- Diagnosed with chronic lymphocytic leukaemia

Rob's story

60 trips since diagnosis

“I’m one of the lucky ones; no question.”

At 75, Rob has seen every corner of the world, and kept travelling even after getting diagnosed with chronic lymphocytic leukaemia (CLL). In fact, he’s travelled over 60 times since then.

“I’ve had blood tests in Tanzania, Zanzibar, South Africa – and Canada. I’ve even spent 4 nights in a hospital in Alaska.”

And, having spent 22 years of his life with a blood cancer, he has experienced incredible advancements in treatment and technology.

“When I was told I had CLL, the average life expectancy was 8 years. I thought, well, bugger this. I don’t want to die before 60.”

Rob was diagnosed on September 20 2001, the day before his partner Joan’s 50th birthday the next day. “We cancelled the party we had planned; we were too upset.”

Rob’s blood type is O-Negative, which made him a universal blood donor. He had proudly donated his blood 72 times. “But, number 72 was bizarre. I received a letter saying that I should make an appointment at what is now the Blood and Cancer Centre in Wellington. That’s when I got told I had CLL.”

“I thought they’d just tell me I was low in iron or something, so I didn’t think to bring Joan. I just had this shockwave through my body – I heard ‘leukaemia’ – but I didn’t hear a thing.”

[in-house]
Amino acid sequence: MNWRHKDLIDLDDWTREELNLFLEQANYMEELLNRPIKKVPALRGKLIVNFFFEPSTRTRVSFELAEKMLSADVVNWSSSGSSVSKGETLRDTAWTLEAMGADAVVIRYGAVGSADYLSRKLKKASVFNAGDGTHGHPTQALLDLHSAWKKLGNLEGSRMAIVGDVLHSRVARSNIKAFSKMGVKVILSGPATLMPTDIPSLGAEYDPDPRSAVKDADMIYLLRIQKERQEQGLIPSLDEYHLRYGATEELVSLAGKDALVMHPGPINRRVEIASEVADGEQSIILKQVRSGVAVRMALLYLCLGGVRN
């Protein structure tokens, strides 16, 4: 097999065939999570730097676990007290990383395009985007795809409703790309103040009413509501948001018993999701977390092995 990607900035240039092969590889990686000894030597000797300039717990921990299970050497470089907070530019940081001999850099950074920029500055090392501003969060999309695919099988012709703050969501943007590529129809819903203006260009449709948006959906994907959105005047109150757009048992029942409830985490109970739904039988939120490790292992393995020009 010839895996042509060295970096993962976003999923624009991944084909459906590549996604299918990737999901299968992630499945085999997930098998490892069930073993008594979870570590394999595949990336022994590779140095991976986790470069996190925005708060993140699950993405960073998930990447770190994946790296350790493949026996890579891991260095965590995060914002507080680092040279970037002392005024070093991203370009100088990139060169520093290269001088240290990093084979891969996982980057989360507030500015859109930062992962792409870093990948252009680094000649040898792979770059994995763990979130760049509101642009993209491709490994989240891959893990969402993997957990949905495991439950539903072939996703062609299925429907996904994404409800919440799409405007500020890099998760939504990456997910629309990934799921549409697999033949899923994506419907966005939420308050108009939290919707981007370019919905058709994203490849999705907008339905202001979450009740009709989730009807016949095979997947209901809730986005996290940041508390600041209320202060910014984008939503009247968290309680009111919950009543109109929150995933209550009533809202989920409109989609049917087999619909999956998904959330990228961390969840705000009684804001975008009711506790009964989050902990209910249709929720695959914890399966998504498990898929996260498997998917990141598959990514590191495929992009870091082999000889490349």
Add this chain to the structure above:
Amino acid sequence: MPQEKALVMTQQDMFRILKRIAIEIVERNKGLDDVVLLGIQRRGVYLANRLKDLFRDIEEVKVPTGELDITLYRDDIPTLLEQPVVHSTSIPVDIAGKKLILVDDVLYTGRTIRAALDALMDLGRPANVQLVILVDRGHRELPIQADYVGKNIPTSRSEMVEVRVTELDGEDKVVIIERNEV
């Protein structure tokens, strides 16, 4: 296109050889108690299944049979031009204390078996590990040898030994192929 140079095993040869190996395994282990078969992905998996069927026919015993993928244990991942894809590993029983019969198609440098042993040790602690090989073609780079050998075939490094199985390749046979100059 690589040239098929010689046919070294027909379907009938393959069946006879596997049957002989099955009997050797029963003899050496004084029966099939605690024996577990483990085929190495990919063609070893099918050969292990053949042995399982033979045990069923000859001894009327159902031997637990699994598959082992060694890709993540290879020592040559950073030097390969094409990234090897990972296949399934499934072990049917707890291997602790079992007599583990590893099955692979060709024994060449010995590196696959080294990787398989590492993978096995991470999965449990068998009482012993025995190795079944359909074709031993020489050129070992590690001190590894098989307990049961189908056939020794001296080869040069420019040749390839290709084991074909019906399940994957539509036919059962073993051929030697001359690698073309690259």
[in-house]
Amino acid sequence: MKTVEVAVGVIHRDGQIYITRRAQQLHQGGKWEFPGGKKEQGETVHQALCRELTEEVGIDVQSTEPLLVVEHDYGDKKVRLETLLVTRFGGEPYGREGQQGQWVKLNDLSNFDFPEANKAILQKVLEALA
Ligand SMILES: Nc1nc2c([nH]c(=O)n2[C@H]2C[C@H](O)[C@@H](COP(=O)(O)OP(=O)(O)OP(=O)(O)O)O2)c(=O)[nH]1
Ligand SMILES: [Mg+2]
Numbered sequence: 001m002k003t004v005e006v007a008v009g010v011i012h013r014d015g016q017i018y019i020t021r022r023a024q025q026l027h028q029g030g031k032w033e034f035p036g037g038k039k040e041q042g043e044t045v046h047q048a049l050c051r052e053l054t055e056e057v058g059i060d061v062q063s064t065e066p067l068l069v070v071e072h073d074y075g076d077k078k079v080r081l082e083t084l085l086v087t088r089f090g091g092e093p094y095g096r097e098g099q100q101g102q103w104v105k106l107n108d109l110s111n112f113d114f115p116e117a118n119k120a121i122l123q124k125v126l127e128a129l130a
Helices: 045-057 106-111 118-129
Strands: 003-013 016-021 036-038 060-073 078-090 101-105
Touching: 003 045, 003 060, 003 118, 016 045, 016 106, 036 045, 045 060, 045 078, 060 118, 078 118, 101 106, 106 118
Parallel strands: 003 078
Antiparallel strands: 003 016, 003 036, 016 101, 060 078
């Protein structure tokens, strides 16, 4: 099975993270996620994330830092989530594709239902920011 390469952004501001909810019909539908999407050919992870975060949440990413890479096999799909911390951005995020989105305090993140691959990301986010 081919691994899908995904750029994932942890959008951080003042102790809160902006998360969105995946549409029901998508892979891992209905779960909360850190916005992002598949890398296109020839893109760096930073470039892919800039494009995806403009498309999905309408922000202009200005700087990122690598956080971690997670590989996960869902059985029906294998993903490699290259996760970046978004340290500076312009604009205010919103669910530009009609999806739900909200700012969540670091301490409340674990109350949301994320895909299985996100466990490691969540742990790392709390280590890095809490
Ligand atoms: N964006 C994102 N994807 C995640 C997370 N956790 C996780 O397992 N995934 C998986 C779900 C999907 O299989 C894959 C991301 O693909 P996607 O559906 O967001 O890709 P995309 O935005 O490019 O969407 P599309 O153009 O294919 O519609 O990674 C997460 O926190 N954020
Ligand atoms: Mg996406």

Rob believes that if he hadn’t donated blood, his CLL might not have been discovered so early. “Although CLL is not hereditary, I tell my son that he should donate blood. Not only can it save lives, but it can save our life as well.”

Rob has tracked every blood test and CLL drug he has ever taken. Over the years Rob has had FCR (Fludarabine, cyclophosphamide, and rituximab) treatment 11 times, plus 7 additional rounds of rituximab alone.

“I started on 80mg a day of prednisone, and this was back in 2006. I was awake for 23 hours a day! This was before Netflix, so I would get DVDs of TV shows and watch them on my laptop to pass the time.”

“In 2018, my current specialist, Rob Weinkove, one of New Zealand’s top specialists leading the charge in CAR T-cell therapy, said that I might be eligible for a clinical trial of Venetoclax monotherapy. I looked it up overseas and it cost about $105USD per pill. I had to take 4 a day!”

Rob is happy with his life, living with his partner Joan at home in Otaki. He’s very grateful that his blood cancer journey has been managed so well, and he hasn’t lost that lust for travel!

While it currently seems impossible to get travel insurance to cover CLL (partly because the insurance companies are working on updating policies to be in line with modern maintenance treatments), Rob is confident he can get cover for his other conditions.

“I was born on the 4th of July – I couldn’t be more independent, if I tried.”

Fast Facts: CLL

  • The most common leukaemia affecting around 300 Kiwis each year
  • It affects developing B-lymphocytes and usually develops slowly, not always requiring treatment straight away
  • Most patients are over 45 years.